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Understanding Transfer Pricing Models

Avalara Transfer Pricing Reports focuses on three transfer pricing models – Cost-Plus, Low-Risk Distributor, Royalty. 

The tool generates US and OECD compliant transfer pricing reports that fall under these models. Each transfer pricing model includes specific intercompany transaction types. Refer to the different transactions and the fixed interquartile range.

If your company’s transfer pricing model structure is more complicated than the models mentioned below, or the arm’s length range of the covered transactions do not fit your situation, you may consult a transfer pricing expert.

Supply-chain model types

Model Type When to use Description
Cost-Plus Model When the subsidiary company is providing services to the parent company without selling anything to the consumers itself.

The Cost-Plus model is used for intercompany services. It is comprised of a Service provider and a Service Recipient.

Services provided by the subsidiary company are taxed, based on a percentage markup of the costs incurred by the parent company in running the subsidiary (salaries, rent, and so on). This markup is based on the industry standards for companies providing similar services, thereby, creating a legally safe arm's length markup.

Low-Risk Distributor Model When the subsidiary company is actively reselling goods or services to consumers.

The Low-Risk Distributor model is used for resale of goods (including software and SaaS). It is comprised of a Seller which sells its products to the other entity, the Reseller, for resale.

Sales made by the subsidiary company are taxed based on the markup percentage, which is based on a cost of goods set by the parent company. The intercompany price, the reseller’s cost of goods is a bottom-up plug number, after establishing an arm’s length operating profit margin (operating profit as a percentage of sales).


Royalty Model When a company owns an IP and licenses it to another company in the group for use in its business. Direct royalty rate for use of the technology or tradename or trademark. The benchmark is based on comparable agreements between unrelated parties, which create an arm's length royalty rate.

How do these models work?

Every intercompany transaction is comprised of two entities. One entity is the Service Provider or Reseller, while the other entity is the Service Recipient or Seller. Under these models, one entity is characterized as the principal and the other as the low-risk service provider or distributor. The intercompany price is determined by comparing the least complex entity’s (the low-risk service provider/distributor) operating profit margin derived from the intercompany transaction to the benchmark. If its operating profit falls within the benchmark's interquartile range, the intercompany transaction is considered at arm’s length.

How to determine the correct model for your organization structure?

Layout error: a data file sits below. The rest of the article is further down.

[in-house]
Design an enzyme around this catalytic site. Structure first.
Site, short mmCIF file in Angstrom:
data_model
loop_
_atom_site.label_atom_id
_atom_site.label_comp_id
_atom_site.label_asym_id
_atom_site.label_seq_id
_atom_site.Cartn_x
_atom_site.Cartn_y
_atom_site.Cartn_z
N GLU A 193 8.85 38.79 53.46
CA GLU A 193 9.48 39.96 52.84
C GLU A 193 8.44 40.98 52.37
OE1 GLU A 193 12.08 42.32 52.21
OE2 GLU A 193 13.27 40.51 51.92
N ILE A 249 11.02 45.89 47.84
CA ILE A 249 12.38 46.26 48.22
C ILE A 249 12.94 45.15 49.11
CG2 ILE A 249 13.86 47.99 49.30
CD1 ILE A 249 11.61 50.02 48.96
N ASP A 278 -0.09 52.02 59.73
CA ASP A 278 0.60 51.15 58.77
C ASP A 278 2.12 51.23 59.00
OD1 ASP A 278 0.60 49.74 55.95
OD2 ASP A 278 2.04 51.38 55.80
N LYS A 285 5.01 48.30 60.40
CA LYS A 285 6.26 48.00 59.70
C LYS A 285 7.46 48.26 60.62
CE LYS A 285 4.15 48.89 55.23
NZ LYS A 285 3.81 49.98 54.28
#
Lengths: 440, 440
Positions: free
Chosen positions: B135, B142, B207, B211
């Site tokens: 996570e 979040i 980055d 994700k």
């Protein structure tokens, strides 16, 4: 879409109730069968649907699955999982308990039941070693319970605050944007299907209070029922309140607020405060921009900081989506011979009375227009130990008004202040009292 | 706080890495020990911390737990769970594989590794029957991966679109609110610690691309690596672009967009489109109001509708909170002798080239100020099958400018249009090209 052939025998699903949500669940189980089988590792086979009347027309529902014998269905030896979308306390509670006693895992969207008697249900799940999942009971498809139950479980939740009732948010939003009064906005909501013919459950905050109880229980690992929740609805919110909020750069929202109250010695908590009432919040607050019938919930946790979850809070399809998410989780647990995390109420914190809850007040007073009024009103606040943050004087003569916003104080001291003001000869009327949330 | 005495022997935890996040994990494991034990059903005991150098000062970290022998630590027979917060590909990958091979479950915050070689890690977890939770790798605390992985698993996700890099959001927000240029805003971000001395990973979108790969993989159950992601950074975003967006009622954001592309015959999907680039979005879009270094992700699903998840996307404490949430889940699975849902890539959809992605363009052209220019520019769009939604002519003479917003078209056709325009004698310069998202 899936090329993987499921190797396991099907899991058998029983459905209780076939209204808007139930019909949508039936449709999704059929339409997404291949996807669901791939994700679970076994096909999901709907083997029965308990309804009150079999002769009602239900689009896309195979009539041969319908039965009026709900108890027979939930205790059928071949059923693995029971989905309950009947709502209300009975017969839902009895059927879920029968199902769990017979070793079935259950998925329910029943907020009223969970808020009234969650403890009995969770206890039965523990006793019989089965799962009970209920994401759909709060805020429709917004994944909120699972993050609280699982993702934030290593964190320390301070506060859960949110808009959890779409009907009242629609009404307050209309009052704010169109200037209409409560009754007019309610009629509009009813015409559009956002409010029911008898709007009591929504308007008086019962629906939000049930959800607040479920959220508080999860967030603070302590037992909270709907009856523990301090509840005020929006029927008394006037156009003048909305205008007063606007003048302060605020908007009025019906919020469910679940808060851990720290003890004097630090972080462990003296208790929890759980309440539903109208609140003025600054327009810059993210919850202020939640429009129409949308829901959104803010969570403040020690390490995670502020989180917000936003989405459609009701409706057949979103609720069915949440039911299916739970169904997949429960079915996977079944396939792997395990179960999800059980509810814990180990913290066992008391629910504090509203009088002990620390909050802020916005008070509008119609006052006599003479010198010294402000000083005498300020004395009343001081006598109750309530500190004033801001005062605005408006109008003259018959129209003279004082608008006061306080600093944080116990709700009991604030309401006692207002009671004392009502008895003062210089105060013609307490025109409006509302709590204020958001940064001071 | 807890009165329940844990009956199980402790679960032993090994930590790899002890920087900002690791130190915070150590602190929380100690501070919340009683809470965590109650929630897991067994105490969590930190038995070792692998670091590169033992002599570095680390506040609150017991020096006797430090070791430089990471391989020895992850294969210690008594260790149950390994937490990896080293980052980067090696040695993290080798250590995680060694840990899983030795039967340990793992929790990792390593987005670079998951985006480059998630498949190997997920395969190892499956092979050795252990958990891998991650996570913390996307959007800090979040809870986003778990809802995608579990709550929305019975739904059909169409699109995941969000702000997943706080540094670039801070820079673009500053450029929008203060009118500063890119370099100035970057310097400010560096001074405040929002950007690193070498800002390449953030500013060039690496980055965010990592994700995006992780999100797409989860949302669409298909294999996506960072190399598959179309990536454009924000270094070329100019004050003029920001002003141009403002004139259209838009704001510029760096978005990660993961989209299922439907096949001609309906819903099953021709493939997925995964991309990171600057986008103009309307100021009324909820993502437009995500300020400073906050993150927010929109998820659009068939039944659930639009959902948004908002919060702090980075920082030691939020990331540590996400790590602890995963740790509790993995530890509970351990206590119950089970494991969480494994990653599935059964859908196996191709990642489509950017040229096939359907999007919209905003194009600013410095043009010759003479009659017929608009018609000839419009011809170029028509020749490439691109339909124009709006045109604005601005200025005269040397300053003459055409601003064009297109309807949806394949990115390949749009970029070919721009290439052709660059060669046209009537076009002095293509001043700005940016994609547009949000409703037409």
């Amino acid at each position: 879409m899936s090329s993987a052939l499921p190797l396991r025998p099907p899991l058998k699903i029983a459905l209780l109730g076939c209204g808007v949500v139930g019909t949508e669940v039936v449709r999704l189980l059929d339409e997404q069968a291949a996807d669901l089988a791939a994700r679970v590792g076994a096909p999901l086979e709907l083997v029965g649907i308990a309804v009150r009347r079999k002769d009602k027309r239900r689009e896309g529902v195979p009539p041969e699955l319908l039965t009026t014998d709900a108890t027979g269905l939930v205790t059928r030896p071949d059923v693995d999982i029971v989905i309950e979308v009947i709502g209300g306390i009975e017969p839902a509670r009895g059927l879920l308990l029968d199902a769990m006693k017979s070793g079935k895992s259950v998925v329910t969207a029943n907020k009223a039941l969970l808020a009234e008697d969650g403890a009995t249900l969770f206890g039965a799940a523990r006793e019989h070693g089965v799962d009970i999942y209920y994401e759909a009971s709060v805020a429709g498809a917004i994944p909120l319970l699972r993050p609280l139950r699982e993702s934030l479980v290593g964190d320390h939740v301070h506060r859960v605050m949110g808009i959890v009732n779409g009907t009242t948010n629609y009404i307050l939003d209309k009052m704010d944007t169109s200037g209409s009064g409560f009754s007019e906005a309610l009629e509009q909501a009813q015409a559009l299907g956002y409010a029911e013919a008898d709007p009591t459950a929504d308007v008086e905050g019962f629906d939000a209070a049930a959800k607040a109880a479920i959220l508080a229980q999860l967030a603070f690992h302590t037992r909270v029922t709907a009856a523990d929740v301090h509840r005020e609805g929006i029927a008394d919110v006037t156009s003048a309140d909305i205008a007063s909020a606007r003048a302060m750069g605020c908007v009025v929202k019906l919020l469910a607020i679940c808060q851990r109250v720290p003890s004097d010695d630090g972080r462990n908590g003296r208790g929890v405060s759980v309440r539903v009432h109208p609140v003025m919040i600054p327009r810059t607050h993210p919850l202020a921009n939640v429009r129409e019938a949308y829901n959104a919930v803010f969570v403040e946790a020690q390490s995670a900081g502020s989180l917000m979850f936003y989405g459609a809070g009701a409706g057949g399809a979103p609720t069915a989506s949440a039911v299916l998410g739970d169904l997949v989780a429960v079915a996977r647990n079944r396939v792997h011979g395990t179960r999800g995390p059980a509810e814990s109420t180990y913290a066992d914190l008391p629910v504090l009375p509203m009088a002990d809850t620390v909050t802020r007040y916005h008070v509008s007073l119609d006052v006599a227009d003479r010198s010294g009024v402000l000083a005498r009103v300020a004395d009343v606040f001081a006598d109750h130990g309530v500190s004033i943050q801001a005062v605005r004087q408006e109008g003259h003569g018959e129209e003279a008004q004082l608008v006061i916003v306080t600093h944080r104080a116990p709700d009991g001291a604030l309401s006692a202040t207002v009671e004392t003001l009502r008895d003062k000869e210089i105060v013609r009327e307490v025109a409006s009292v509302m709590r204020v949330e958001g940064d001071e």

Indicators that this is the right model for your intercompany transaction:

The service provider or reseller should be characterized as a low-risk service provider.

  • Bears limited risk in providing the service – bearing the risk, means that contractually it will pay for costs associated with the risk and it employs the personnel that can make decisions on the relevant risk. Similar to winning by points rather than a knock-out, the less risks the entity bears, the stronger the model is. Risks may include:
    • Inventory risk – for example if the reseller can return slow or dead inventory
    • Product/service liability risk – which entity will bear costs associated with recalls, product defects, damage for clients caused by using the product
    • Foreign exchange risk – if the revenues and costs are in different currencies. Does the service provider/reseller are compensated/purchase in their local currency?   
    • R&D risk – which entity bears the costs associated when more resources are required to complete the R&D. Also, the location of the senior R&D employees
    • Credit risk – Client’s bad debts. Which entity bears lost associated with clients’ bad debt.
  • No intangible assets are used in providing the service. 

How are these models applied?

The service provider is compensated for the services it provides, on a cost-plus basis, where the cost includes all direct and indirect costs (including cost of goods and operating cost, excluding interest and tax) associated with the provision of the service. Cost centers that exclusively provide a service to another member in the group, will allocate all the relevant expenses. Companies which are engaged other activities in addition to the intercompany transaction (for example, the headquarters entity, which provides management services to one of its subsidiaries) must identify and allocate the direct and indirect expenses associated with the intercompany transaction. Usually, a key allocation based on revenues is used to allocate the right amount of expenses.  

Glossary of terms used in this article

  • Principal company – with respect to the intercompany transaction, the party of the intercompany transaction which serves as the headquarters, owns most of the group’s intellectual properties and responsible for most of the group’s activities. In many cases, it’s the parent company.
  • Least complex entity – with respect to the intercompany transaction, the party of the intercompany transaction, which is responsible for less activities, owns fewer intellectual properties and employs fewer senior employees.  
  • Operating profit margin – the Earnings Before Interest and Tax (EBIT) as percentage of Net Sales.
  • Benchmark – the set of comparable companies’ operating profit margin
  • Interquartile range – the 25th and 75th percentile of benchmark’s results
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